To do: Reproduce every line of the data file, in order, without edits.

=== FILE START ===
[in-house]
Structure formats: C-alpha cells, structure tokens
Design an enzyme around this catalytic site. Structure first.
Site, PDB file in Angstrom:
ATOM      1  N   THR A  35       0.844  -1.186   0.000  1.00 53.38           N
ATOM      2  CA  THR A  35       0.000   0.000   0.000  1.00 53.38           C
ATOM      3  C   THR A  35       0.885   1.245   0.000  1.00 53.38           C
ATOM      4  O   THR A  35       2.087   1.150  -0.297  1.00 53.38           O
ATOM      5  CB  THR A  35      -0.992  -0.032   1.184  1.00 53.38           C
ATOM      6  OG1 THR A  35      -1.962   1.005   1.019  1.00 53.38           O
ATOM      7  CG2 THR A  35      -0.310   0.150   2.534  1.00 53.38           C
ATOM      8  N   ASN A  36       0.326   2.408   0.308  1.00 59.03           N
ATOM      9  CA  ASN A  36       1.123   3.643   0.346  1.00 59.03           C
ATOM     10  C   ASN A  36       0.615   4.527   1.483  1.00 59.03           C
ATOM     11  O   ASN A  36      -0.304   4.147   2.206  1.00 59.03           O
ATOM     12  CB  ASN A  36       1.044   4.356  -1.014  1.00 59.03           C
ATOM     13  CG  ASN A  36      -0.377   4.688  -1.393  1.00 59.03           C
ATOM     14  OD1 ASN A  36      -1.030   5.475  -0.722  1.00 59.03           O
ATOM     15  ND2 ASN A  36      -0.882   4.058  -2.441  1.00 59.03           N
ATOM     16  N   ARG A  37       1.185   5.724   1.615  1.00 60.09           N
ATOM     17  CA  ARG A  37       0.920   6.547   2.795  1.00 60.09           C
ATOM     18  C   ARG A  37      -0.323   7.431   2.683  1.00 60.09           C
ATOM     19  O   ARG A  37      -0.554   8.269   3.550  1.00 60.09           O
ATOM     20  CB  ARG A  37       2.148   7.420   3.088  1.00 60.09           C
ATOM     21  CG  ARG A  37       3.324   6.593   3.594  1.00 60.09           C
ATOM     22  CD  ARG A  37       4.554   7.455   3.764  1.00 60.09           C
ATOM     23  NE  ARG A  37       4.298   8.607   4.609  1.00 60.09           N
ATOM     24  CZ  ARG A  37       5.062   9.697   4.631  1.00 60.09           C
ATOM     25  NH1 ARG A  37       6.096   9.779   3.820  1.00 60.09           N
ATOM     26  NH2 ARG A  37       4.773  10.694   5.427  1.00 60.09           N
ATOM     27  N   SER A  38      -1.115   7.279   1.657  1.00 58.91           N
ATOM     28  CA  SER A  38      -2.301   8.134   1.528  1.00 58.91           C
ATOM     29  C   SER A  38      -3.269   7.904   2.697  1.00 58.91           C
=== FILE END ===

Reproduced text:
[in-house]
Structure formats: C-alpha cells, structure tokens
Design an enzyme around this catalytic site. Structure first.
Site, PDB file in Angstrom:
ATOM      1  N   THR A  35       0.844  -1.186   0.000  1.00 53.38           N
ATOM      2  CA  THR A  35       0.000   0.000   0.000  1.00 53.38           C
ATOM      3  C   THR A  35       0.885   1.245   0.000  1.00 53.38           C
ATOM      4  O   THR A  35       2.087   1.150  -0.297  1.00 53.38           O
ATOM      5  CB  THR A  35      -0.992  -0.032   1.184  1.00 53.38           C
ATOM      6  OG1 THR A  35      -1.962   1.005   1.019  1.00 53.38           O
ATOM      7  CG2 THR A  35      -0.310   0.150   2.534  1.00 53.38           C
ATOM      8  N   ASN A  36       0.326   2.408   0.308  1.00 59.03           N
ATOM      9  CA  ASN A  36       1.123   3.643   0.346  1.00 59.03           C
ATOM     10  C   ASN A  36       0.615   4.527   1.483  1.00 59.03           C
ATOM     11  O   ASN A  36      -0.304   4.147   2.206  1.00 59.03           O
ATOM     12  CB  ASN A  36       1.044   4.356  -1.014  1.00 59.03           C
ATOM     13  CG  ASN A  36      -0.377   4.688  -1.393  1.00 59.03           C
ATOM     14  OD1 ASN A  36      -1.030   5.475  -0.722  1.00 59.03           O
ATOM     15  ND2 ASN A  36      -0.882   4.058  -2.441  1.00 59.03           N
ATOM     16  N   ARG A  37       1.185   5.724   1.615  1.00 60.09           N
ATOM     17  CA  ARG A  37       0.920   6.547   2.795  1.00 60.09           C
ATOM     18  C   ARG A  37      -0.323   7.431   2.683  1.00 60.09           C
ATOM     19  O   ARG A  37      -0.554   8.269   3.550  1.00 60.09           O
ATOM     20  CB  ARG A  37       2.148   7.420   3.088  1.00 60.09           C
ATOM     21  CG  ARG A  37       3.324   6.593   3.594  1.00 60.09           C
ATOM     22  CD  ARG A  37       4.554   7.455   3.764  1.00 60.09           C
ATOM     23  NE  ARG A  37       4.298   8.607   4.609  1.00 60.09           N
ATOM     24  CZ  ARG A  37       5.062   9.697   4.631  1.00 60.09           C
ATOM     25  NH1 ARG A  37       6.096   9.779   3.820  1.00 60.09           N
ATOM     26  NH2 ARG A  37       4.773  10.694   5.427  1.00 60.09           N
ATOM     27  N   SER A  38      -1.115   7.279   1.657  1.00 58.91           N
ATOM     28  CA  SER A  38      -2.301   8.134   1.528  1.00 58.91           C
ATOM     29  C   SER A  38      -3.269   7.904   2.697  1.00 58.91           C